Don't (all) digital modems have the same security functions, or equiv., as DSL modems?

No. Most DOCSIS (cable) modems are pure bridges.

DSL users, short of soft FWs, were always at mercy of hard FW security on modems.

There was no "hard security" on the Westell WireSpeed B90-516R30 that SBC shipped when I first signed up; it was a pure bridge.

Are you saying w/ (at least your) digital modem, ATT and / or Pace can ALWAYS access your computer (scan system), not just access your modem address?

I am saying that there is an application on the device which listens for inbound traffic on port 3479. All I know about the application is that it relates to remote control of the device. Since all LAN (internal network) traffic must pass through the device, even if it is not going out to the Internet, it is subject to whatever capabilities the RPC service has.

If ISP has access to your local area network, they can see all machines on your (home) network & a whole lot more. "Don't seem right."

They potentially could monitor network traffic between any LAN devices; yes.

Maybe I misunderstand. Or maybe big bro has truly taken over. In past, in order for say, remote support tech to access your system to troubleshoot, you had to install an app & then allow them access. Is that what we're talking about?

Not quite the same. The user has control over the remote assistance application, and should be able to uninstall it when it is no longer needed. There is no GUI page accessible from the customer side of the RG which allows customer fiddling with the RPC.

Firing AT&T: Sounds like price was a secondary consideration for you, unless got a good promo.

Yes; secondary. I was miffed with AT&T over their caps. There is no promotional deal with the new ISP; no speed tiers, either.

About tiers: With AT&T, if your modem can't sync to the DSLAM at a given profile rate, say, 6016 for the 6.0 Mbps profile, they will only sell the next lower tier. So, since my modem could only sync at 5800, AT&T would only sell 3.0 Mbps service; modem sync set to 3008 at the DSLAM.

Sonic.net sells "Fusion" as, "up to 20 Mbps". The modem and DSLAM run free, and negotiate the best sync rate for the loop conditions. So I sync at ~5800, instead of 3008. And throughput is still 85% of sync (ATM circuit), so measured download speed is 4.9 Mbps instead of 2.5 Mbps.

In TX (large metro areas, anyway), local DSL / FiOS / cable / satellite all run releatively cheap promos, all the time. Usually, because cable, satellite promise much faster speeds than 3, 6 mbps DSL or U-verse, their promo prices aren't nearly as low as ATT's 3.0 or 6.0 service promos.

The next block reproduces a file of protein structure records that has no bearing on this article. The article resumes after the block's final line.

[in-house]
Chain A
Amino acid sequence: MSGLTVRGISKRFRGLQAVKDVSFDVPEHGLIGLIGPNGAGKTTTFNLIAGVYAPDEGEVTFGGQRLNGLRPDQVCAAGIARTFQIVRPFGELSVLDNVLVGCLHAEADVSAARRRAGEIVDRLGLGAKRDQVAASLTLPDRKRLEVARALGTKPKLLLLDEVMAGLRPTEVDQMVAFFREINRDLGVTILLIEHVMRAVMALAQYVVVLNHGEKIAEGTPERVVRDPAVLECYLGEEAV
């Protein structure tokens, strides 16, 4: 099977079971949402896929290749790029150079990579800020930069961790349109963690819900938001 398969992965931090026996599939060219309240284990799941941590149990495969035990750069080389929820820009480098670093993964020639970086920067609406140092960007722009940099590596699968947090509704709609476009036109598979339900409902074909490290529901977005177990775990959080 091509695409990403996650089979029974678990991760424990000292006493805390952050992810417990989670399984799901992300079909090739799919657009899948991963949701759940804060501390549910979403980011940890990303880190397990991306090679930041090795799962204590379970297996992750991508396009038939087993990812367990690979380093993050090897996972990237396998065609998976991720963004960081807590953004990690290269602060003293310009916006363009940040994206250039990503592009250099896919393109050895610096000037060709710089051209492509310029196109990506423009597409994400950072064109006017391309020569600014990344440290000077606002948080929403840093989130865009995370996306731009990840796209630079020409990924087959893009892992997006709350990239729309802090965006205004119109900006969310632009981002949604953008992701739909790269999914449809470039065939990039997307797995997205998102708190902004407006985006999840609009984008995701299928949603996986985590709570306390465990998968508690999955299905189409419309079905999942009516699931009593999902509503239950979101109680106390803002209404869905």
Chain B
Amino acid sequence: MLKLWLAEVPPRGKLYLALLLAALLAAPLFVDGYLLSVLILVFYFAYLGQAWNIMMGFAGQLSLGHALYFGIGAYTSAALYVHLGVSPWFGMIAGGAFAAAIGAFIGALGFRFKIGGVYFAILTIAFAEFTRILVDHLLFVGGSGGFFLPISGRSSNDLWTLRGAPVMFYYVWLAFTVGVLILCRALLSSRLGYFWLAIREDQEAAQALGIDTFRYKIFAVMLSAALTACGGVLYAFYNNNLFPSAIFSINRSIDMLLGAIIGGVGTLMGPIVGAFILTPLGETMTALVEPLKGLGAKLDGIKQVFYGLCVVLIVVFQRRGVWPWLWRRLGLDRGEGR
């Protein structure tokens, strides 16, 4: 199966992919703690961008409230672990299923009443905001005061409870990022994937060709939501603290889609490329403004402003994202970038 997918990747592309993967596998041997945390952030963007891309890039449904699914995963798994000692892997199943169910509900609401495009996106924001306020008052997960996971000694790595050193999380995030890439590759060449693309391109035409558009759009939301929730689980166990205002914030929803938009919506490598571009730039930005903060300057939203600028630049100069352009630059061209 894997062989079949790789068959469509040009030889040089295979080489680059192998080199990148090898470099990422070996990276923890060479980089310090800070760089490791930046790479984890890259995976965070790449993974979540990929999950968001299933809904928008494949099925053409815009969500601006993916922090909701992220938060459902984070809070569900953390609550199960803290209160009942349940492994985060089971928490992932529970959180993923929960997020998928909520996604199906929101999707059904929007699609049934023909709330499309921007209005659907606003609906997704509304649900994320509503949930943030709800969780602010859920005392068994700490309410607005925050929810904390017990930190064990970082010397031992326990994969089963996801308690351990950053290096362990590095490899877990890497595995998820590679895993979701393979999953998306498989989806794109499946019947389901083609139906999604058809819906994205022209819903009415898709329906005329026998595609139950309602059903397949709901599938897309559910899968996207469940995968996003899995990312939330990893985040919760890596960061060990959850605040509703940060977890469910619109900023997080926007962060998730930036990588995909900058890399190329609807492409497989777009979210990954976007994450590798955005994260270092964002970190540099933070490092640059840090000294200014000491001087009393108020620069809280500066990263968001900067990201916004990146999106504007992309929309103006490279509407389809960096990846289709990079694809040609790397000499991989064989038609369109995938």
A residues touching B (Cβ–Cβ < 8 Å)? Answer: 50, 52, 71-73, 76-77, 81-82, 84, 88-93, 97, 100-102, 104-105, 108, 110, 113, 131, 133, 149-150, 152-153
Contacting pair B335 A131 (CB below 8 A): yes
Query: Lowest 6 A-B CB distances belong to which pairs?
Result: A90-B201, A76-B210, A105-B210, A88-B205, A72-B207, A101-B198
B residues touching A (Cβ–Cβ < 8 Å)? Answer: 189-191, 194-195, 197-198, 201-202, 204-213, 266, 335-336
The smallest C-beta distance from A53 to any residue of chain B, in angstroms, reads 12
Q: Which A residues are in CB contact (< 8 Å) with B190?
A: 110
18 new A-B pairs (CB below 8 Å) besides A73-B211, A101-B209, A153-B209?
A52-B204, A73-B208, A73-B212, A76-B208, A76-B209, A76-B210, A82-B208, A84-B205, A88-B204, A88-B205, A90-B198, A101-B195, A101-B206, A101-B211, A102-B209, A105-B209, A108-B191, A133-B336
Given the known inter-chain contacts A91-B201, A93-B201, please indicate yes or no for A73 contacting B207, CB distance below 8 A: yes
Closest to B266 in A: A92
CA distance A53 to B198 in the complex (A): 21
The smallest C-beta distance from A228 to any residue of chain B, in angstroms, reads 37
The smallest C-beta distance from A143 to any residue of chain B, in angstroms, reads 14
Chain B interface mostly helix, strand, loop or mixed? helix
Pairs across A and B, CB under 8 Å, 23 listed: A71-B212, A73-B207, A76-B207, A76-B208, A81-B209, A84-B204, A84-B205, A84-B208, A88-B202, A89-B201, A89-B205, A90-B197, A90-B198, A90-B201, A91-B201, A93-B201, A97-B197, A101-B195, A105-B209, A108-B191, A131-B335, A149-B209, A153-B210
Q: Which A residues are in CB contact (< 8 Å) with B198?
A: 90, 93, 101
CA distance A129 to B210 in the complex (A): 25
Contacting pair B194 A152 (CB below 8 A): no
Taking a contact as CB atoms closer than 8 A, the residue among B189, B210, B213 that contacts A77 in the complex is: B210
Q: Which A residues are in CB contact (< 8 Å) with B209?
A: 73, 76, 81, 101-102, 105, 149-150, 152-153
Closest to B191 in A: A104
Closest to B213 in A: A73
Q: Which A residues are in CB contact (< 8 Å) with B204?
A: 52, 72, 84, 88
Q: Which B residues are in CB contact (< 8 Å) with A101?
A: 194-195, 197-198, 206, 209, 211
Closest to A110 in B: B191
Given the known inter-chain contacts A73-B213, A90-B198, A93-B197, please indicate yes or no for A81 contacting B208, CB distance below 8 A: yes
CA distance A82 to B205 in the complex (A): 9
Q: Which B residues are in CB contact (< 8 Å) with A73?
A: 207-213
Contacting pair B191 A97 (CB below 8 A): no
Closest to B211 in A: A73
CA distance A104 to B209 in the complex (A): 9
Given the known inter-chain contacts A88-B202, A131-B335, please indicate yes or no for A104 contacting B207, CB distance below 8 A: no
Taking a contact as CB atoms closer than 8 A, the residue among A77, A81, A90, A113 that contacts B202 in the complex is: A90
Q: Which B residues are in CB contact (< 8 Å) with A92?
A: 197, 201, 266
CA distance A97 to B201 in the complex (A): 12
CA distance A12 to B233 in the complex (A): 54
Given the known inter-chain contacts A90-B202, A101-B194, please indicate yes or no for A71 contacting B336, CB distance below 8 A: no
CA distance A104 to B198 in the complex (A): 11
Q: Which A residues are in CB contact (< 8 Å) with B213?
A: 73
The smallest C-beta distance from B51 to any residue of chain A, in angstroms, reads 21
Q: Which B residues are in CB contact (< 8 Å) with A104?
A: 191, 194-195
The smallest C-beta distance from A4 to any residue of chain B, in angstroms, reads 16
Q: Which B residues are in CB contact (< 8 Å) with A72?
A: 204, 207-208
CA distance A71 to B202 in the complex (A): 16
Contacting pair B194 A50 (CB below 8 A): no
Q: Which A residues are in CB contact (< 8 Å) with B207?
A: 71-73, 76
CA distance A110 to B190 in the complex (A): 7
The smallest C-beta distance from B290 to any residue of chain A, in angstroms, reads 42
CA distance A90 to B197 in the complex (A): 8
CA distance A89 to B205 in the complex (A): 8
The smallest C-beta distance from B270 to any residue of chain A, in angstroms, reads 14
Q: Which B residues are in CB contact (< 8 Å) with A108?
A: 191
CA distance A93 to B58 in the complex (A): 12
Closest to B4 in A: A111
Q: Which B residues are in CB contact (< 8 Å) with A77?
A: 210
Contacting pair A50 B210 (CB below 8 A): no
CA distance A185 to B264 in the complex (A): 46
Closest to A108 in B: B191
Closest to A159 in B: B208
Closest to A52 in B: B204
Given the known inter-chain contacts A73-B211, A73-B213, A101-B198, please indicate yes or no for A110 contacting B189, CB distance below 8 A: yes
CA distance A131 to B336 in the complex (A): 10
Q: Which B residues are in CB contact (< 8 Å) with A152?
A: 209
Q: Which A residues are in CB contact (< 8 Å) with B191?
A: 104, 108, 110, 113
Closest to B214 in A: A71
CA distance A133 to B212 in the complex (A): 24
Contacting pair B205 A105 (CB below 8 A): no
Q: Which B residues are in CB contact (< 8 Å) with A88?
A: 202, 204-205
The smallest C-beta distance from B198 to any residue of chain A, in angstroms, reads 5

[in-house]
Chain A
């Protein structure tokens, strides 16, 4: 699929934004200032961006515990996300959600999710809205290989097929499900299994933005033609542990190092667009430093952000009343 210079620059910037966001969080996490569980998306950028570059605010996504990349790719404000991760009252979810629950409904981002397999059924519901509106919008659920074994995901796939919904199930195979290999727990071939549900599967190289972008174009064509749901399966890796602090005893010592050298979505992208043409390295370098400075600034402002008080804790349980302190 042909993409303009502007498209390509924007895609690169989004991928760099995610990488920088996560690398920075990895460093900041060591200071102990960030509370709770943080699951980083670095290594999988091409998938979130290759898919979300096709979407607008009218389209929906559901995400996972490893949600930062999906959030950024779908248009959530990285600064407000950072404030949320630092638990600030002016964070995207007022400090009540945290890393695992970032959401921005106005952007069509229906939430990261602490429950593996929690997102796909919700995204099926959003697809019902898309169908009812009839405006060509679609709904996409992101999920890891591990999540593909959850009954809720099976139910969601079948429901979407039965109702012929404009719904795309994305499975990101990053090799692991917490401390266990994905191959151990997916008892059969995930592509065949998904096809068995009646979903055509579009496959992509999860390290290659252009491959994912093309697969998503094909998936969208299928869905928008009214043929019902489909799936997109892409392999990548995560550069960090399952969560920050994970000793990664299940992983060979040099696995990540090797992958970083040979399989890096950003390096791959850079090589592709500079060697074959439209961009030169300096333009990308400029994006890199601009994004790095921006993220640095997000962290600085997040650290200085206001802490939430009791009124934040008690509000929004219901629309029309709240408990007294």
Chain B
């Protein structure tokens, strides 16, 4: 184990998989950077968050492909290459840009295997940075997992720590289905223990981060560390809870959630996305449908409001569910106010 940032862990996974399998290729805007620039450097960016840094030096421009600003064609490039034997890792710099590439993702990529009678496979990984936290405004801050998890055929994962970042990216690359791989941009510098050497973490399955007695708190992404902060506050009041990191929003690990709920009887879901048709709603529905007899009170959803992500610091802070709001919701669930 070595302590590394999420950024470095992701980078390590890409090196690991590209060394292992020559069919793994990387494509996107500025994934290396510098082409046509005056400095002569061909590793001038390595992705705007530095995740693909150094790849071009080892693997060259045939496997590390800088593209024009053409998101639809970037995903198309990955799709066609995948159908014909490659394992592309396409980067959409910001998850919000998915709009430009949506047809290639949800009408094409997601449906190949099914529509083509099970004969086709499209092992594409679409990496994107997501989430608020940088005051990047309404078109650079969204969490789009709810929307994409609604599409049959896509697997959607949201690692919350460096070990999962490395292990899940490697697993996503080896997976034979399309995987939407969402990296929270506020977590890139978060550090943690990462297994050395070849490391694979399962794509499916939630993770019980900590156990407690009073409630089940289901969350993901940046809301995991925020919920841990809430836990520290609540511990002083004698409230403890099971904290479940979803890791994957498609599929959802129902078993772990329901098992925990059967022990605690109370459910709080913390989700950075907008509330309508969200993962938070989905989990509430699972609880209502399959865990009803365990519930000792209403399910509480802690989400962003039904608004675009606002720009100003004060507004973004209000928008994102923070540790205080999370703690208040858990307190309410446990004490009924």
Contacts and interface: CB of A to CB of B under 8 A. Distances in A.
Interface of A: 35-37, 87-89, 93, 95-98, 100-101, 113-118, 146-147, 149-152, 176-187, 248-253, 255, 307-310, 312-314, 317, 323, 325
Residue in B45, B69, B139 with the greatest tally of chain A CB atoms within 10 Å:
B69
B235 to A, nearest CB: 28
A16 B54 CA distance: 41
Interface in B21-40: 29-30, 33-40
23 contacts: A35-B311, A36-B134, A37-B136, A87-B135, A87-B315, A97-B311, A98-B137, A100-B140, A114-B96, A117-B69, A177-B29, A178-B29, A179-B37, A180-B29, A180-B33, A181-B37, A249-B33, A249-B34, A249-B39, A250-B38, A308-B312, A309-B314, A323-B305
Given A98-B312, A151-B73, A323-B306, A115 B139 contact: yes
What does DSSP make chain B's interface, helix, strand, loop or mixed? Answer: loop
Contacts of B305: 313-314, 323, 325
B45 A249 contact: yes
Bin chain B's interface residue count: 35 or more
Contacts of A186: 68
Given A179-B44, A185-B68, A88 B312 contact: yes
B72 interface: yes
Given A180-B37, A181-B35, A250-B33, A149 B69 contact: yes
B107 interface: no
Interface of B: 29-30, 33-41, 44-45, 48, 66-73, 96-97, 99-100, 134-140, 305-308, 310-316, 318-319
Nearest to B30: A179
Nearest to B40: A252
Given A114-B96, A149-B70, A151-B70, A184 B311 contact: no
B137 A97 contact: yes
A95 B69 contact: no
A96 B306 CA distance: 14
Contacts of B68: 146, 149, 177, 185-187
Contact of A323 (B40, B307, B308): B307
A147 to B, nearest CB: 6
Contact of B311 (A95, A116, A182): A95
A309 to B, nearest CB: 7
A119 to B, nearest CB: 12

I have no promotion. "Fusion" is advertised as $39.95, plus voice taxes and fees; plus new, since last summer, a $6.50 per month modem rental fee.

The bill breaks out at $19.98 for voice (landline telephone service is required for "Fusion") + ~$10 in taxes and regulatory fees (same as AT&T collects on landline voice service), + $19.97 for Internet service + $6.50 modem rental.

At my mother's place, which has the 4.9 Mbps service, there is no modem rental, so she pays around $51 total, as compared with $103 on her last full AT&T bill.

At my current place, which has 14 Mbps service, but modem rental, I pay $58 total. I have not had an AT&T bill; not since 1984.

Doesn't the "Scale of Economy" dictate that as more units are produced (customers served), price comes down?

Based on what Sonic.net, LLC charges for "Fusion", I'd say AT&T is overcharging for both telephone and Internet service. Sonic.net is sufficiently profitable that they are rolling out FTTH service in some north S.F. Bay Area communities. They are taking it slow in order to not spend themselves into a hole (I think/hope).
--
Norman
~Oh Lord, why have you come
~To Konnyu, with the Lion and the Drum

whyamihere

join:2008-10-01
Tyler, TX

1 edit
reply to whyamihere
I'm not sure about caps on local cable, satellite, but ONLY DSL reseller in Houston metro area AFAIK, is Oplink. Their 3.0 speed is 40/mo + ATT "cheapest" line (some ATT landline req'd) runs 15 - 20. So, 55 - 60 for 3.0 DSL. Not much of a deal, unless you need the 25 call / mo landline. Except no data caps.

One more thing. I hope things have changed w/ router / VOIP compatibility since I got this 2Wire 2701 gateway in ? 2007. It was supposed to handle VOIP (maybe some did), but mine didn't. And all the LEvel 2 techs at ATT, 2Wire & VOIP provider couldn't make it hold the VOIP connection AFTER PC turned off - which is crazy. That's why I wound up w/ router behind a gateway in bridge mode. But, in bridge mode, can't access modem's UI.

Does AT&T REQUIRE using their issued digital modems? Maybe they've improved VOIP compatibility or I just got a lemon. I never want to go thru that again.

If you use that much data / mo, I guess it's OK. I don't think there's anything in TX in 14 Mbps w/ unlimited data for $58 reg. $. TX is one of those states that is not & never has been pro consumer. We have close to highest auto / home insurance rates in the country & very high electricity rates.